Armenia offered to free an Azerbaijani prisoner of war on Thursday as it continued trying to secure the release of an Armenian soldier who was captured by Azerbaijani troops near Nagorno-Karabakh last week.
Deputy Defense Minister Davit Tonoyan said that Firuz Farajev, an Azerbaijani soldier who crossed into Armenia a year ago, has “changed his mind and expressed a desire to return to Azerbaijan.”
To that end, Farajev has requested an “urgent meeting” with representatives of international humanitarian agencies, Tonoyan told the head of the Yerevan office of the International Committee of the Red Cross (ICRC), Dragana Rankovic. He said the Armenian Defense Ministry therefore hopes that ICRC representatives will visit the POW in custody, according to a ministry statement.
Farajev was detained by Armenian troops at a western section of Armenia’s border with Azerbaijan in July 2012. The Armenian Defense Ministry said at the time that the 20-year-old deliberately surrendered to its forces.
The ministry spokesman, Artsrun Hovannisian, admitted that Tonoyan’s statement amounted to an offer to exchange Farajev for Hakob Injighulian, an Armenian soldier who crossed the “line of contact” east of Karabakh in still unclear circumstances last week. “The Armenian side is ready to bring back its citizen at any cost,” Hovannisian told RFE/RL’s Armenian service (Azatutyun.am).
The Armenian military insists that Injighulian accidentally strayed into Azerbaijani-controlled territory. But earlier this week, Injighulian was paraded on Azerbaijani television saying that he defected to the Azerbaijani side after being assaulted by one of his commanders.
The Armenian military dismissed that statement, saying that the 22-year-old was forced to present a false version of events. It also condemned the televised appearance as a violation of international conventions on the treatment of POWs.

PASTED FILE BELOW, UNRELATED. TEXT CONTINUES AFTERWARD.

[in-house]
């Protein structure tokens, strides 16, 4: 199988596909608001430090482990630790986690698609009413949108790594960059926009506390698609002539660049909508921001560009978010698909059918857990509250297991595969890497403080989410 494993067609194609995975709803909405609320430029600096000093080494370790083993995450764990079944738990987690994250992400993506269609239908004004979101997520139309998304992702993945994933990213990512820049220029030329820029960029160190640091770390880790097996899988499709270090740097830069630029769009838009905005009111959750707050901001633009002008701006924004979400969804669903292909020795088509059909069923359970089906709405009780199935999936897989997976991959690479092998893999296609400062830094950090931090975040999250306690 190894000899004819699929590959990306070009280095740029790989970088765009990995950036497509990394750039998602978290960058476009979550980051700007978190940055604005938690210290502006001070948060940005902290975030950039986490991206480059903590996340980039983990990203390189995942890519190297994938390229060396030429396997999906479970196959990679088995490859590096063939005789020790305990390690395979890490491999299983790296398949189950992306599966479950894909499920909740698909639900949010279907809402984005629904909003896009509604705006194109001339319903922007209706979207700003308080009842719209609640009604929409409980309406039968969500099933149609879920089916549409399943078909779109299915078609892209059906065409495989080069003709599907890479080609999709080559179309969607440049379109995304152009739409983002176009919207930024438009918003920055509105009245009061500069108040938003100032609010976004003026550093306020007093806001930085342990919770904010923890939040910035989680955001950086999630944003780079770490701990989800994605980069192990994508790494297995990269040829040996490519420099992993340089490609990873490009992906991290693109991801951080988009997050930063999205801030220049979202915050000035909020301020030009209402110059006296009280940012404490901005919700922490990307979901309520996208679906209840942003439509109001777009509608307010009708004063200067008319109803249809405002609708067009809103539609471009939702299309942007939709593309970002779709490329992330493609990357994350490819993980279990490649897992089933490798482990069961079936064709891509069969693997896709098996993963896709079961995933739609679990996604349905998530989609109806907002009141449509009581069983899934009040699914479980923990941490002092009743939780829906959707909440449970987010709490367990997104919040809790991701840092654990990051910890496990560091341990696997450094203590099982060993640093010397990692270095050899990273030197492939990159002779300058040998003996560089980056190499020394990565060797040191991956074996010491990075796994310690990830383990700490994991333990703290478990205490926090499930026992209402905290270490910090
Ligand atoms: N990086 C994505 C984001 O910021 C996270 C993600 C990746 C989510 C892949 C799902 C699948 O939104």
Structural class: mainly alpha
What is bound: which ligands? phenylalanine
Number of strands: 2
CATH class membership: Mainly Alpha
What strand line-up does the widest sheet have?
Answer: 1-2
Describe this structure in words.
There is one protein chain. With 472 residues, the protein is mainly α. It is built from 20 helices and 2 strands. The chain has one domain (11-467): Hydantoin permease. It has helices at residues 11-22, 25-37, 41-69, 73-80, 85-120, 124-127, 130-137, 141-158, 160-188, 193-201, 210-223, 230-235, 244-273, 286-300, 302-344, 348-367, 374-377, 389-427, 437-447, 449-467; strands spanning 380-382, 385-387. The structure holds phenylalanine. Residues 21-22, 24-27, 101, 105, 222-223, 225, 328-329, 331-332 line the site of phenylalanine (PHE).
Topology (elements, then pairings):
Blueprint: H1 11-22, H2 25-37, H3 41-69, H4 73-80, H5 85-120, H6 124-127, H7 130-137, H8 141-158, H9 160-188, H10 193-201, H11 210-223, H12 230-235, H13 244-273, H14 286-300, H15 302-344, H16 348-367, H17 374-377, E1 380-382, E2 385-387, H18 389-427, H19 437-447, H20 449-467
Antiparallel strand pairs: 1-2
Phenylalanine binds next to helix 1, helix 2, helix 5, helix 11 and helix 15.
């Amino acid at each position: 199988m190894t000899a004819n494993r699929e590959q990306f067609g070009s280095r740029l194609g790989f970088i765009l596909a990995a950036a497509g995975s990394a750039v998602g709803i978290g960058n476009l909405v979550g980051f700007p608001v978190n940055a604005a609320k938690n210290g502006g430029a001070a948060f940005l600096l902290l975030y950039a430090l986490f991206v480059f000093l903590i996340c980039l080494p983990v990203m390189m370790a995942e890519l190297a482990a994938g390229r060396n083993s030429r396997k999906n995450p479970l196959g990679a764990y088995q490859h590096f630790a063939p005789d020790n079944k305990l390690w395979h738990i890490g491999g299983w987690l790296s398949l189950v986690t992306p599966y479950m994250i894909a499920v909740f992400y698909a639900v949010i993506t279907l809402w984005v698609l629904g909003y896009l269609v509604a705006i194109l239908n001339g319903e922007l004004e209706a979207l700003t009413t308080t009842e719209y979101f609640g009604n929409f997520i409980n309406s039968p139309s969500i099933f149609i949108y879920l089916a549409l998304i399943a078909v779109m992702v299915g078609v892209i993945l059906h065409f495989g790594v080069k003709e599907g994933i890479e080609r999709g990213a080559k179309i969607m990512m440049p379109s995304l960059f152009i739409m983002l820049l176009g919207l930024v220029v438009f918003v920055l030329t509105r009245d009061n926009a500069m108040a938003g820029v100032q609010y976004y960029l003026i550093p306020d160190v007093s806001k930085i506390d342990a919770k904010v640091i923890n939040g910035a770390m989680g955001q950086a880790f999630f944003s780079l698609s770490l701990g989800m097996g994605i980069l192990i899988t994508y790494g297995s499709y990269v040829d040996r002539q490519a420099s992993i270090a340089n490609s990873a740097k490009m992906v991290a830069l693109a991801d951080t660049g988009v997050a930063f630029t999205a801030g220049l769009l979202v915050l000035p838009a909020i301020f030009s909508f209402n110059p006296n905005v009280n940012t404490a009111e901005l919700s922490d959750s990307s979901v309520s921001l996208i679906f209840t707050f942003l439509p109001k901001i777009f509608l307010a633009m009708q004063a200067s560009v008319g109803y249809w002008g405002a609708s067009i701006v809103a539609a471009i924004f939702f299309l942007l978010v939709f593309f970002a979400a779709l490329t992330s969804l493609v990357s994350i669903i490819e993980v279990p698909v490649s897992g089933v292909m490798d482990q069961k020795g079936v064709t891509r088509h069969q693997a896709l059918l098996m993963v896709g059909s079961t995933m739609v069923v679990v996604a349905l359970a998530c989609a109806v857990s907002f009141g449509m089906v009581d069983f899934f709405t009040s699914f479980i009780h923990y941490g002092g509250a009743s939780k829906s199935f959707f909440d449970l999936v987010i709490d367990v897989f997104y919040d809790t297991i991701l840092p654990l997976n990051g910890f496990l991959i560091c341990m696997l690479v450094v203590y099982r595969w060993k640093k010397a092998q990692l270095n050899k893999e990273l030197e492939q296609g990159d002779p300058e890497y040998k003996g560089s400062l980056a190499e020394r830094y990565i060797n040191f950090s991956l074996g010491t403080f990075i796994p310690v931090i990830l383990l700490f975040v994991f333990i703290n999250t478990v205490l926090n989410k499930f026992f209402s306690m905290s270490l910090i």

In a statement issued on Wednesday, an Armenian government commission dealing with POWs and missing persons argued that the conventions forbid any public exposure of captured enemy soldiers. It also decried the fact that Injighulian was made to wear an Azerbaijani military uniform.
The commission further expressed concern at the ICRC’s failure to visit to Injighulian in custody so far. It pointed to the fate of two Armenian captives who died in Azerbaijan in 2008 and 2010 before being able to meet Red Cross representatives.
The ICRC also faced criticism from Injighulian’s relatives demonstrating outside its Yerevan office. “We will stay here until the Red Cross tells us why it has still not visited my boy,” the POW’s father, Gevorg Injighulian, told RFE/RL’s Armenian service (Azatutyun.am).
The Defense Ministry statement quoted Rankovic as assuring Tonoyan that ICRC representatives in Baku believe that they will soon be given access to the Armenian soldier.